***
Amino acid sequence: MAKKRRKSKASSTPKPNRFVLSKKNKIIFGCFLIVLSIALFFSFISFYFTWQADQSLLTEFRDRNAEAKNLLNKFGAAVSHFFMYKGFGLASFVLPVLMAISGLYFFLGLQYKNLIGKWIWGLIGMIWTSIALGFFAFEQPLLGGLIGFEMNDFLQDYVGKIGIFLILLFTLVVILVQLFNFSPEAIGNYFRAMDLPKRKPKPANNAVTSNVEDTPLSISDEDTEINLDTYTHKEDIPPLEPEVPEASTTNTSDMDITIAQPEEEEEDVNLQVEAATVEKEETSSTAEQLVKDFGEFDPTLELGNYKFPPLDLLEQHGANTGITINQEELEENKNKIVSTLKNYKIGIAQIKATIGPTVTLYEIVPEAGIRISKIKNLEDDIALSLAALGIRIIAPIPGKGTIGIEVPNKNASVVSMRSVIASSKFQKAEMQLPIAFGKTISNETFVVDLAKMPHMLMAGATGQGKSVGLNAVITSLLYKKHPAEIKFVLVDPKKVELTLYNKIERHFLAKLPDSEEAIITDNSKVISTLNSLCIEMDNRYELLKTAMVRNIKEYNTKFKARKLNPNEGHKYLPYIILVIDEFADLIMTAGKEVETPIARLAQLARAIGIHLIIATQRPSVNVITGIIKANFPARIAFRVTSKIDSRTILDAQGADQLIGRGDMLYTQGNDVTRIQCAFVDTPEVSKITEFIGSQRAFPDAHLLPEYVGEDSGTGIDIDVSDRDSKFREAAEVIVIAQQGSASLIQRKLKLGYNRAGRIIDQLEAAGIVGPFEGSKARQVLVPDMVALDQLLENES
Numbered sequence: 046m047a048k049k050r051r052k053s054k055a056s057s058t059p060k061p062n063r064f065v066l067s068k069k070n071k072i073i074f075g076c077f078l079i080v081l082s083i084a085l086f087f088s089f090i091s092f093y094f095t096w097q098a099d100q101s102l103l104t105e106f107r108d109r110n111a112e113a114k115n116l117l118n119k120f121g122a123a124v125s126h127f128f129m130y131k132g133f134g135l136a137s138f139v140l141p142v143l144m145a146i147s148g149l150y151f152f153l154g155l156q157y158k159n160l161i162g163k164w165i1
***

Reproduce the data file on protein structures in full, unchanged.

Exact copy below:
Amino acid sequence: MAKKRRKSKASSTPKPNRFVLSKKNKIIFGCFLIVLSIALFFSFISFYFTWQADQSLLTEFRDRNAEAKNLLNKFGAAVSHFFMYKGFGLASFVLPVLMAISGLYFFLGLQYKNLIGKWIWGLIGMIWTSIALGFFAFEQPLLGGLIGFEMNDFLQDYVGKIGIFLILLFTLVVILVQLFNFSPEAIGNYFRAMDLPKRKPKPANNAVTSNVEDTPLSISDEDTEINLDTYTHKEDIPPLEPEVPEASTTNTSDMDITIAQPEEEEEDVNLQVEAATVEKEETSSTAEQLVKDFGEFDPTLELGNYKFPPLDLLEQHGANTGITINQEELEENKNKIVSTLKNYKIGIAQIKATIGPTVTLYEIVPEAGIRISKIKNLEDDIALSLAALGIRIIAPIPGKGTIGIEVPNKNASVVSMRSVIASSKFQKAEMQLPIAFGKTISNETFVVDLAKMPHMLMAGATGQGKSVGLNAVITSLLYKKHPAEIKFVLVDPKKVELTLYNKIERHFLAKLPDSEEAIITDNSKVISTLNSLCIEMDNRYELLKTAMVRNIKEYNTKFKARKLNPNEGHKYLPYIILVIDEFADLIMTAGKEVETPIARLAQLARAIGIHLIIATQRPSVNVITGIIKANFPARIAFRVTSKIDSRTILDAQGADQLIGRGDMLYTQGNDVTRIQCAFVDTPEVSKITEFIGSQRAFPDAHLLPEYVGEDSGTGIDIDVSDRDSKFREAAEVIVIAQQGSASLIQRKLKLGYNRAGRIIDQLEAAGIVGPFEGSKARQVLVPDMVALDQLLENES
Numbered sequence: 046m047a048k049k050r051r052k053s054k055a056s057s058t059p060k061p062n063r064f065v066l067s068k069k070n071k072i073i074f075g076c077f078l079i080v081l082s083i084a085l086f087f088s089f090i091s092f093y094f095t096w097q098a099d100q101s102l103l104t105e106f107r108d109r110n111a112e113a114k115n116l117l118n119k120f121g122a123a124v125s126h127f128f129m130y131k132g133f134g135l136a137s138f139v140l141p142v143l144m145a146i147s148g149l150y151f152f153l154g155l156q157y158k159n160l161i162g163k164w165i1